I'VE been on the wrong end of some dreadful refereeing decisions in my time, both as a player and a manager.
When I was at Mansfield, I reacted badly to some poor refereeing and ended up having to post a couple of Christmas cards containing £500 to the FA. But I've learnt my lesson.
That's why you rarely see me giving referees a hard time and I make a point of not criticising them publicly after games.
It's an attitude I now try to drum into my players.
For example, I had to have a word with Dave Artell at half time in the match at Barnet.
We'd just had Stewart Drummond sent-off and tensions were running high, but there was no excuse for Dave to run 40 yards to confront the referee.
He's 6ft 3in and it can be quite intimidating when you see him running at you! The only way a referee can respond is to reach for his cards, and I still don't know how Dave didn't get booked.
When you become that aggressive, you waste energy. I say to the players 'What is the point in wasting all your energy on someone you are not directly playing against?'
I've gone on record to say how much we've missed Stewart in the two games he's sat out through suspension since he was sent-off.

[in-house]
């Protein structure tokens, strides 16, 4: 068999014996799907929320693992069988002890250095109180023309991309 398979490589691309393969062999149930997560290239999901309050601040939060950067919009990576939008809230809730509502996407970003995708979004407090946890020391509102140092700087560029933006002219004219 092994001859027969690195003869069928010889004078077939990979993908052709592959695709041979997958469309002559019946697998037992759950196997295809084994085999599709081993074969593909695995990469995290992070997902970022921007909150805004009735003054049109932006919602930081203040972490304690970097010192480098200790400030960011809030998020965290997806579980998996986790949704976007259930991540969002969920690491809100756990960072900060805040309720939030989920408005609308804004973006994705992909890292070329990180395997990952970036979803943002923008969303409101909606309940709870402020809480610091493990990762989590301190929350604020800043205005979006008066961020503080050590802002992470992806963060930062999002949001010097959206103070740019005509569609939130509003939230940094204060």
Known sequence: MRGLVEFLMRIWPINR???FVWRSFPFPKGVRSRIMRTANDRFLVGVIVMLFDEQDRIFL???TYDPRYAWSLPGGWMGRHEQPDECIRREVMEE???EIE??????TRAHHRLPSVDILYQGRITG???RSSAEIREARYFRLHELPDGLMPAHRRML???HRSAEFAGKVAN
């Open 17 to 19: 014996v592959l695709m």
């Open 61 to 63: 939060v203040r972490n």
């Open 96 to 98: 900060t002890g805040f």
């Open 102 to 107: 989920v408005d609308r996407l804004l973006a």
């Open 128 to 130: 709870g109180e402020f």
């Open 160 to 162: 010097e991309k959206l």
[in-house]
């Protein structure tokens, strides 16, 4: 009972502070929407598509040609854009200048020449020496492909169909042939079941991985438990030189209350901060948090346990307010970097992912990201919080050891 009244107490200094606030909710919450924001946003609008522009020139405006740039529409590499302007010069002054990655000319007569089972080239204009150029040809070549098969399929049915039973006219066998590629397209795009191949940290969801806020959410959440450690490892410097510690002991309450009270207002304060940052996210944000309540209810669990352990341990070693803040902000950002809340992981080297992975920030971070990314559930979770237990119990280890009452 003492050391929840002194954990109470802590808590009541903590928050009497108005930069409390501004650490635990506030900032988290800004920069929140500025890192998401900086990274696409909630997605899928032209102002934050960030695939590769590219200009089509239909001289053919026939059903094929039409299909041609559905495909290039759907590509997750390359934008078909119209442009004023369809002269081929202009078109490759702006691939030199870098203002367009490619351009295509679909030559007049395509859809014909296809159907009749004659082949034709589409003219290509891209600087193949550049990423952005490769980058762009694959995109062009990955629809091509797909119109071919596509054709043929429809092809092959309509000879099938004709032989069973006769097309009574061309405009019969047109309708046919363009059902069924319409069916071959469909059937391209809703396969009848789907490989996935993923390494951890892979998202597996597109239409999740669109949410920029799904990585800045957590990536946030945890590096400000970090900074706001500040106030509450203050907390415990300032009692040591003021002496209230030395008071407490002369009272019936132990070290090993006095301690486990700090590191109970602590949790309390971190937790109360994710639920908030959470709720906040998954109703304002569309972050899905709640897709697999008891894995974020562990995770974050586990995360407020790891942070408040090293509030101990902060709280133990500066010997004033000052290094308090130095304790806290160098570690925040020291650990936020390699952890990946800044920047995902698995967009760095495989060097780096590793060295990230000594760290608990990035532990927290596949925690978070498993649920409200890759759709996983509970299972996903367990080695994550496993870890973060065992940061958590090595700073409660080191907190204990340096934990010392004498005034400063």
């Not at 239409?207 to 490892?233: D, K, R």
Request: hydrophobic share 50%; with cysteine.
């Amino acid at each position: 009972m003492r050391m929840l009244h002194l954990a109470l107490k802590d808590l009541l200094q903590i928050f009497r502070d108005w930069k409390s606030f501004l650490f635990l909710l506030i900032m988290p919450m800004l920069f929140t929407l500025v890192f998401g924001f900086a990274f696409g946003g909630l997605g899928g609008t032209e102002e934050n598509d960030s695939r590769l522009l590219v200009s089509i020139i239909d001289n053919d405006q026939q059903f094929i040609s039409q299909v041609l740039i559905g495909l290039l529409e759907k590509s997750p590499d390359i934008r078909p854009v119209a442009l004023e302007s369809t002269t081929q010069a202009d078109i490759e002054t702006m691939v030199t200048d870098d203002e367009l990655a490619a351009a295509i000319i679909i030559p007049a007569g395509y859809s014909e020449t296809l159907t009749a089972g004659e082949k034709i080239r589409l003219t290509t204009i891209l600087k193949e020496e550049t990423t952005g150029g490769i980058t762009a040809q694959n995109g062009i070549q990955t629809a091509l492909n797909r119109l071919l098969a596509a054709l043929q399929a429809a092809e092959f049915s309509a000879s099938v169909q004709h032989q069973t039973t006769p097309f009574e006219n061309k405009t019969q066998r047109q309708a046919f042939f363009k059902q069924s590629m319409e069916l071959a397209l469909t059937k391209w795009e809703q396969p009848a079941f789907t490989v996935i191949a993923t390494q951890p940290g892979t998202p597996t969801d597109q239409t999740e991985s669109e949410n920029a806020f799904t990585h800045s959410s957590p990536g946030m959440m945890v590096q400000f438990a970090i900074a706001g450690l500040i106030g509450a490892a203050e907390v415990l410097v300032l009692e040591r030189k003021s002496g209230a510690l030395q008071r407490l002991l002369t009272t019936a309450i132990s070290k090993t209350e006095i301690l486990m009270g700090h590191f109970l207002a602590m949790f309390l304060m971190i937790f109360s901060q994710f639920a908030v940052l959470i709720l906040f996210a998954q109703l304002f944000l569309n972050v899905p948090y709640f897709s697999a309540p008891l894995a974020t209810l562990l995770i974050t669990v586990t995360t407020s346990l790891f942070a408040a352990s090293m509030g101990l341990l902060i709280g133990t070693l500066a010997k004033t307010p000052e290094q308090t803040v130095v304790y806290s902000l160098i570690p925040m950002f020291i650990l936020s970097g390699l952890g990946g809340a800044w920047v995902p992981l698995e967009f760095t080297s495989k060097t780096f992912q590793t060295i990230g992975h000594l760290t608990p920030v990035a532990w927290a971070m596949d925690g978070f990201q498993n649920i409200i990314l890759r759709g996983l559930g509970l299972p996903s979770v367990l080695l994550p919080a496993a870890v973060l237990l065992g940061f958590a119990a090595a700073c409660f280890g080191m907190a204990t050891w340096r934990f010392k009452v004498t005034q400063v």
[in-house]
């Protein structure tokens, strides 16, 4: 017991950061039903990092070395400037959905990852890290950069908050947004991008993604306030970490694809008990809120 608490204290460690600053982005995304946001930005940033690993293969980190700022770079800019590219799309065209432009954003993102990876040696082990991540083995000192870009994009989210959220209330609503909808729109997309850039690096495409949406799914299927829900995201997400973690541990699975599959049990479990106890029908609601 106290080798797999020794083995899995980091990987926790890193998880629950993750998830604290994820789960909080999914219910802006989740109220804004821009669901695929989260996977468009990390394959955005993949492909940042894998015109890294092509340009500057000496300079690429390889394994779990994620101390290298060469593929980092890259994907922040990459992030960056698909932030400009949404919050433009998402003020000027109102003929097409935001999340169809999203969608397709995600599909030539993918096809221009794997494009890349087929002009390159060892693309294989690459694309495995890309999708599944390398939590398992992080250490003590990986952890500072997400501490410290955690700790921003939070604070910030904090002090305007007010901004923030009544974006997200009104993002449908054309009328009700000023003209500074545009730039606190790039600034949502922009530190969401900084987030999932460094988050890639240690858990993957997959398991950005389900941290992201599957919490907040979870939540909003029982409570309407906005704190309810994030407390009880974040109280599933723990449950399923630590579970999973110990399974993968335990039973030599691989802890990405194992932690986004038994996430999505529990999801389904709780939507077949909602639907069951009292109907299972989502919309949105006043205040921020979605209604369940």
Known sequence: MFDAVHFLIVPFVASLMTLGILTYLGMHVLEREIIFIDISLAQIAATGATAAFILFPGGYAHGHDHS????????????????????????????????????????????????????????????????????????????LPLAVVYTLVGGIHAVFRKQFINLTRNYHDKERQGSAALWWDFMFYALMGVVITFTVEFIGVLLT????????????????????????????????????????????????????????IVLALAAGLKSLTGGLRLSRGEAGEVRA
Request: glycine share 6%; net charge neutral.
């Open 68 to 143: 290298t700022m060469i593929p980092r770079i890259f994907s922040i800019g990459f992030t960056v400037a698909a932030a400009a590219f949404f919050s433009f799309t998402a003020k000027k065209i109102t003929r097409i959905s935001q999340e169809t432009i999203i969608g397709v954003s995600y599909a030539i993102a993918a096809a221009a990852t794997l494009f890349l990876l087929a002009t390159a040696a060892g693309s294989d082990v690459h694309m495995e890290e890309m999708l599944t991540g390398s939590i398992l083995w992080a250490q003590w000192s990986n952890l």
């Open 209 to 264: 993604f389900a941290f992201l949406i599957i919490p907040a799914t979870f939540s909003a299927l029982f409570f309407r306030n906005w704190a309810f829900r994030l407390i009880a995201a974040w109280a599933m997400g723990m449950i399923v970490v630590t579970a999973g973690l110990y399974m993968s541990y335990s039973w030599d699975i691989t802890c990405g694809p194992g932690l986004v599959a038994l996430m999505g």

He kicked out at an opponent and that one minute of madness has cost him financially. It also means he will have to fight to get back into the team but hopefully he has learnt from his mistake.
Talking of refereeing decisions, there has been plenty of debate this week about whether video technology should be introduced to help officials - like it has been in cricket and rugby league.
There have been fresh calls for it after West Ham were awarded a goal against Middlesbrough on Sunday when video replays clearly showed the ball hadn't crossed the line.
Personally, I would like to see things stay as they are.
You have to have continuity in football and the rules must be the same for everyone - whether you're playing in the Premiership or in park football.
I've lost plenty of games through bad refereeing decisions, but I've won a few because of them too.
It's part and parcel of football. n As most women will know, size does not matter.
That saying applies in football too and it's why I had no reservations about offering our vertically challenged youth team midfielder Paul Rutherford his first professional contract.
In the first few weeks I was at the club, the people involved in the youth team kept telling me to have a look at the lad.
They said he was the shining light of the youth team and one step ahead of some of the other lads.
He might be small but he's certainly a natural footballer. He handles the football very well, has good balance, good movement and is learning his trade.